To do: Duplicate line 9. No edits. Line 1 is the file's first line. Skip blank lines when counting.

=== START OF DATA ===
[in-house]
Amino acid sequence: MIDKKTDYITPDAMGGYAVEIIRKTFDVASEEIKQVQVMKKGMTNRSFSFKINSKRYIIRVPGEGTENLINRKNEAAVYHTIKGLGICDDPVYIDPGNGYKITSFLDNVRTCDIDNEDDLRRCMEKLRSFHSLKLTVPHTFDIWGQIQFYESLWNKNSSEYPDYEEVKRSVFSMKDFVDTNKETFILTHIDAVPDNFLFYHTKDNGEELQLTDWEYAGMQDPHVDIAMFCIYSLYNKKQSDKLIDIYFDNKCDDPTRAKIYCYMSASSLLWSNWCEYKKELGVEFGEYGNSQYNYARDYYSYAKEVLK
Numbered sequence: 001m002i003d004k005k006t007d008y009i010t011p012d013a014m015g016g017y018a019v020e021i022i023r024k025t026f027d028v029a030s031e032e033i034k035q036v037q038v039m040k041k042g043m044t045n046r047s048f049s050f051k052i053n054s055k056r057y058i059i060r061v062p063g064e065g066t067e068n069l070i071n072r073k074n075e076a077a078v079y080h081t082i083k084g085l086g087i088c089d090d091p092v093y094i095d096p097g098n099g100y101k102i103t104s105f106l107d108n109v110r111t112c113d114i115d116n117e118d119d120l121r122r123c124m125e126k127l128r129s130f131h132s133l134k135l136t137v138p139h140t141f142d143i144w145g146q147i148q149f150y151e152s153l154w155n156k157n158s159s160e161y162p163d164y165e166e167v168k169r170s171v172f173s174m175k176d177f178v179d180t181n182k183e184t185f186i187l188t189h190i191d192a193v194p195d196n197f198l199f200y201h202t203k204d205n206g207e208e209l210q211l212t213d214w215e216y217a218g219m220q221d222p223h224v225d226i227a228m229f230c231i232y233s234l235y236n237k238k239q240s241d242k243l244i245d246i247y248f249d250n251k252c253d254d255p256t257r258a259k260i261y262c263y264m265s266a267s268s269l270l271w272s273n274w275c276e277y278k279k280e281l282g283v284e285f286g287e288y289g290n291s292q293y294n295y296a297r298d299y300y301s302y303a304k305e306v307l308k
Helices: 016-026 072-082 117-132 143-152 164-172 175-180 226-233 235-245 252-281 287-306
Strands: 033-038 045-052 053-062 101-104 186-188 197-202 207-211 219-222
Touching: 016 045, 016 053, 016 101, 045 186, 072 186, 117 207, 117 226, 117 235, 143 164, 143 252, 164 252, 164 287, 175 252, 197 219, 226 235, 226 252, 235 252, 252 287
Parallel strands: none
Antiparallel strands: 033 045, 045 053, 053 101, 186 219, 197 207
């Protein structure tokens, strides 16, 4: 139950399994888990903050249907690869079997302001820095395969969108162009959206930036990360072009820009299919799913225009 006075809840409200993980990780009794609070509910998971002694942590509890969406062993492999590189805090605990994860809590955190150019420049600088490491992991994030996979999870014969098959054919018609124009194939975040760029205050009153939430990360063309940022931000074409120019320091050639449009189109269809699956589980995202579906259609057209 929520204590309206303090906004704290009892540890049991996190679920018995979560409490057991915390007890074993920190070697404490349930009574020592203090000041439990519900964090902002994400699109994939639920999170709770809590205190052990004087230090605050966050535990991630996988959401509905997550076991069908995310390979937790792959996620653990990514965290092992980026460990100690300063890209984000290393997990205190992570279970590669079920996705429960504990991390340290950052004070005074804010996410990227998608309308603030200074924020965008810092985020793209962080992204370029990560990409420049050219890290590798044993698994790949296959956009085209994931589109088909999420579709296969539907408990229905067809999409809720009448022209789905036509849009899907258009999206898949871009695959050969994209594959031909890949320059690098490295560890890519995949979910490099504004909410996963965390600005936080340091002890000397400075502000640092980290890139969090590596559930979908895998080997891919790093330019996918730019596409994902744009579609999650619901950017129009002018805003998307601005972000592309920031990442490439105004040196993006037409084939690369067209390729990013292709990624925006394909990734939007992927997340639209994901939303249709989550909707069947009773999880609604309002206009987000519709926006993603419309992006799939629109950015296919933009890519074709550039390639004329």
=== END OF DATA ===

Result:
């Protein structure tokens, strides 16, 4: 139950399994888990903050249907690869079997302001820095395969969108162009959206930036990360072009820009299919799913225009 006075809840409200993980990780009794609070509910998971002694942590509890969406062993492999590189805090605990994860809590955190150019420049600088490491992991994030996979999870014969098959054919018609124009194939975040760029205050009153939430990360063309940022931000074409120019320091050639449009189109269809699956589980995202579906259609057209 929520204590309206303090906004704290009892540890049991996190679920018995979560409490057991915390007890074993920190070697404490349930009574020592203090000041439990519900964090902002994400699109994939639920999170709770809590205190052990004087230090605050966050535990991630996988959401509905997550076991069908995310390979937790792959996620653990990514965290092992980026460990100690300063890209984000290393997990205190992570279970590669079920996705429960504990991390340290950052004070005074804010996410990227998608309308603030200074924020965008810092985020793209962080992204370029990560990409420049050219890290590798044993698994790949296959956009085209994931589109088909999420579709296969539907408990229905067809999409809720009448022209789905036509849009899907258009999206898949871009695959050969994209594959031909890949320059690098490295560890890519995949979910490099504004909410996963965390600005936080340091002890000397400075502000640092980290890139969090590596559930979908895998080997891919790093330019996918730019596409994902744009579609999650619901950017129009002018805003998307601005972000592309920031990442490439105004040196993006037409084939690369067209390729990013292709990624925006394909990734939007992927997340639209994901939303249709989550909707069947009773999880609604309002206009987000519709926006993603419309992006799939629109950015296919933009890519074709550039390639004329």